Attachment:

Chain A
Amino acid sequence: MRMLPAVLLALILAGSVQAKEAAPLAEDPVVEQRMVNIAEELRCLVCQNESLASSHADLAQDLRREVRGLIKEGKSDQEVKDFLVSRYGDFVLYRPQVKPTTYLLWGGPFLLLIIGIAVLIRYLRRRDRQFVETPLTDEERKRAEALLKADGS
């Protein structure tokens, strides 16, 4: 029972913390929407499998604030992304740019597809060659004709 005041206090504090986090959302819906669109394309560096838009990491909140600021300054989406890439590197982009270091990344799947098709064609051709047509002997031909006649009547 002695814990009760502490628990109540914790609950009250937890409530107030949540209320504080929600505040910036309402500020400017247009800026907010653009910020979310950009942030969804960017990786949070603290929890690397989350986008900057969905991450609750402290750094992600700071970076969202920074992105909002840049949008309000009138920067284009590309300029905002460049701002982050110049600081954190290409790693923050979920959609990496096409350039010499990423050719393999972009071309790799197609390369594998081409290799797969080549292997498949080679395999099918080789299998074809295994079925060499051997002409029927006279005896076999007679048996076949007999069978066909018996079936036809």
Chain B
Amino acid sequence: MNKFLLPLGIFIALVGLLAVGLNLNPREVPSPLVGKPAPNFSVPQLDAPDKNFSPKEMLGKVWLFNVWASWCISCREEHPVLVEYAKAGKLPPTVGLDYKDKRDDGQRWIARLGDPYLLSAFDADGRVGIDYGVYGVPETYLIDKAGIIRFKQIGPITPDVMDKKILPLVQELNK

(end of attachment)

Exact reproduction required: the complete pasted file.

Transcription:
Chain A
Amino acid sequence: MRMLPAVLLALILAGSVQAKEAAPLAEDPVVEQRMVNIAEELRCLVCQNESLASSHADLAQDLRREVRGLIKEGKSDQEVKDFLVSRYGDFVLYRPQVKPTTYLLWGGPFLLLIIGIAVLIRYLRRRDRQFVETPLTDEERKRAEALLKADGS
């Protein structure tokens, strides 16, 4: 029972913390929407499998604030992304740019597809060659004709 005041206090504090986090959302819906669109394309560096838009990491909140600021300054989406890439590197982009270091990344799947098709064609051709047509002997031909006649009547 002695814990009760502490628990109540914790609950009250937890409530107030949540209320504080929600505040910036309402500020400017247009800026907010653009910020979310950009942030969804960017990786949070603290929890690397989350986008900057969905991450609750402290750094992600700071970076969202920074992105909002840049949008309000009138920067284009590309300029905002460049701002982050110049600081954190290409790693923050979920959609990496096409350039010499990423050719393999972009071309790799197609390369594998081409290799797969080549292997498949080679395999099918080789299998074809295994079925060499051997002409029927006279005896076999007679048996076949007999069978066909018996079936036809």
Chain B
Amino acid sequence: MNKFLLPLGIFIALVGLLAVGLNLNPREVPSPLVGKPAPNFSVPQLDAPDKNFSPKEMLGKVWLFNVWASWCISCREEHPVLVEYAKAGKLPPTVGLDYKDKRDDGQRWIARLGDPYLLSAFDADGRVGIDYGVYGVPETYLIDKAGIIRFKQIGPITPDVMDKKILPLVQELNK